The British loungewear designer bringing beauty to the everyday
Rose Fulbright on taking pleasure in beauty
It’s sweltering outside but Rose Fulbright is, of course, impeccably dressed and poised. The stereotypical English rose, she’s styling out the summer heat in a silk top of her own design, all clashing corals and teal, with a casual denim midi skirt. However, it takes more than an eye for fashion to build a luxury loungewear company that has gone from zero to the pages of Vogue in just three short years—and to do all that from a baffling new country where you don’t speak the language is a feat that’s testament to the tenacity hidden behind Rose’s refined appearance.
Growing up near Stoke, the hub of British pottery, Rose never doubted that a creative career was her future. Her mother was a designer in her grandmother’s pottery company, and creativity is in her blood, with artists, designers and writers scattered throughout the family tree. “It made doing it really easy for me,” she says, “because I’ve never had to ask if it’s okay to do this as a career; it was natural.” From a young age she would draw and paint, and developed an interest in textiles from rifling through a trunk of vintage fabrics her mother had collected while growing up in London in the sixties.
Rose followed this passion for textiles to Paris, where she studied couture at Parsons and learnt the technical skills of sewing and design. Although Paris springs to mind as the dream location for a fashion student, Rose felt frustrated there—the weight of history and heritage meant experimentation was frowned upon. “I once wore a ribbon as a belt in my jeans and people looked at me like I was crazy,” she recalls, “Parisian fashion is very much a uniform.” She moved to London to study at London College of Fashion, which was a breath of fresh air. “Londoners don’t take themselves too seriously, it's way more playful and they push things—some of it’s a bit too mad, but its something mad to come back from.”
Married and living in London’s suburbs, however, the madness of fashion school was soon swapped for the path towards kids, a mortgage and routine. So, when the opportunity for her husband to transfer to Beijing cropped up, they took it, despite knowing next to nothing about China.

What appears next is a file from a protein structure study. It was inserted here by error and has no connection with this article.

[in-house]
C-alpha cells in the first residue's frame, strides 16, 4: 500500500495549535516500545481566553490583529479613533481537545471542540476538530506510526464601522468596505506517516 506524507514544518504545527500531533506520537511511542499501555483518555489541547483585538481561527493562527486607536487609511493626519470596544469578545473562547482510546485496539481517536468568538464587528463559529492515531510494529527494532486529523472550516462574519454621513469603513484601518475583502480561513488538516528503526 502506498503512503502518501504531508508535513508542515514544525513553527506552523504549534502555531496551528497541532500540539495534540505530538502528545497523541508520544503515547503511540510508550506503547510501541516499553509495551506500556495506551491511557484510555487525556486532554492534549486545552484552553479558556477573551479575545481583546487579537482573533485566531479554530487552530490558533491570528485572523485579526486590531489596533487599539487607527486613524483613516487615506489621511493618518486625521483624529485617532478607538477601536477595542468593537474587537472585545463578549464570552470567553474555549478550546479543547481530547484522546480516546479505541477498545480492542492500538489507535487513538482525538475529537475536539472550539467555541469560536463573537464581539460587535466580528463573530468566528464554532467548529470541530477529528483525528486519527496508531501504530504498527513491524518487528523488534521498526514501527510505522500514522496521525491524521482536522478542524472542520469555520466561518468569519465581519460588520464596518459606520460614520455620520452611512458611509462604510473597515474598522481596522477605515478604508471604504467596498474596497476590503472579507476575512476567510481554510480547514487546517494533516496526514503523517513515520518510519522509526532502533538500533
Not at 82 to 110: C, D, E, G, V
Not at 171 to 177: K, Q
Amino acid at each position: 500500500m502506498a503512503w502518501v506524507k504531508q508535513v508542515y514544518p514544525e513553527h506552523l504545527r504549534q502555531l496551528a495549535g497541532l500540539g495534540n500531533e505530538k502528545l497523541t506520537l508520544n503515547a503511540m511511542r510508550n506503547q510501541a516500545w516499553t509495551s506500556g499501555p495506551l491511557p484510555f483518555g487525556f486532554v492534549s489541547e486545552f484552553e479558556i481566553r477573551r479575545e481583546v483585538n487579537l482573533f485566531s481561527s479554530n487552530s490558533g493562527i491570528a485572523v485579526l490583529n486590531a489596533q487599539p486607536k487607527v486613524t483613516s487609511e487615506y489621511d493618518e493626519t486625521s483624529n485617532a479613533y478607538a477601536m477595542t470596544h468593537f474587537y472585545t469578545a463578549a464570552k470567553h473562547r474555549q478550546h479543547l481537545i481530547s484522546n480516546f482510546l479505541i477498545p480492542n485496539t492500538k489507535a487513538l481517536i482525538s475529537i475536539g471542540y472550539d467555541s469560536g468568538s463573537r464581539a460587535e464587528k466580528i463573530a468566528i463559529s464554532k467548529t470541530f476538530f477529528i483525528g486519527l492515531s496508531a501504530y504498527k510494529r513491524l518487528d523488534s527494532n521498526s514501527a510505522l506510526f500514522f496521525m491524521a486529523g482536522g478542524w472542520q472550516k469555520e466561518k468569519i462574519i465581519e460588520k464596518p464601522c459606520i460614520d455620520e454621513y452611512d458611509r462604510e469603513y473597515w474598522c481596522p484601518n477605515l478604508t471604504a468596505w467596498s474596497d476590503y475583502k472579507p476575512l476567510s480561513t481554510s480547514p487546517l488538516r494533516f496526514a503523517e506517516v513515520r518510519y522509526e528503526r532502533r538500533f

“China was never part of the plan, but being here is great. I have a fantastic silk supplier in Suzhou,” she says, “it’s also helped me develop my style as there’s so much freedom. Nobody is looking at you thinking that what you're wearing isn’t appropriate."
She does, however, lament the fast-fashion attitude in China, where outfits are often selected off the peg and quality vintage isn’t an option. Perhaps inspired by her mother’s trunk of found textiles, Rose loves to rifle; “my parents were bohemian and always going to charity shops. At first I hated it but then I grew to love junk—i love that feeling of finding a total gem.”
Rose’s new home has also influenced her designs. “New places often have color pallets,” she says, “Beijing is gray, with mustardy gold from the temples, terracotta red from the walls and bursts of green and ocean blue in the summer. In the winter it’s an icy, bright pale blue, totally clear and crisp.” Rose evidently has the eye of a designer, seeing her surroundings as inspiration.
But Rose also wants to bring this beauty to our day-to-day lives. Her collections are designed to bring a bit of sophistication to the everyday—perfect for those moments when you just want to throw something on, stack up a pile of toast and work from home.
Enjoying the extravagant in the everyday is a philosophy inspired by the lifestyles of London’s Bloomsbury set, a member of whom is in the Fulbright family tree. These English creatives were the original hippies, valuing peace, nature, love and aesthetics. They would paint the interior of their houses in bold colors, and surround themselves in luxury fabrics, believing in the importance of aesthetic pleasure.
The idea that beauty is an essential part of the human experience and should be accessible is at the root of Rose's collections. “Beauty is life enhancing, humans are the only species to make beautiful things to listen or read like literature, art and music,” she says, “some people might disregard fashion as fripperies, but you need balance in your life, and to take joy from beautiful things is not a crime.” Amber De La Haye
Beauty is life enhancing, humans are the only species that makes art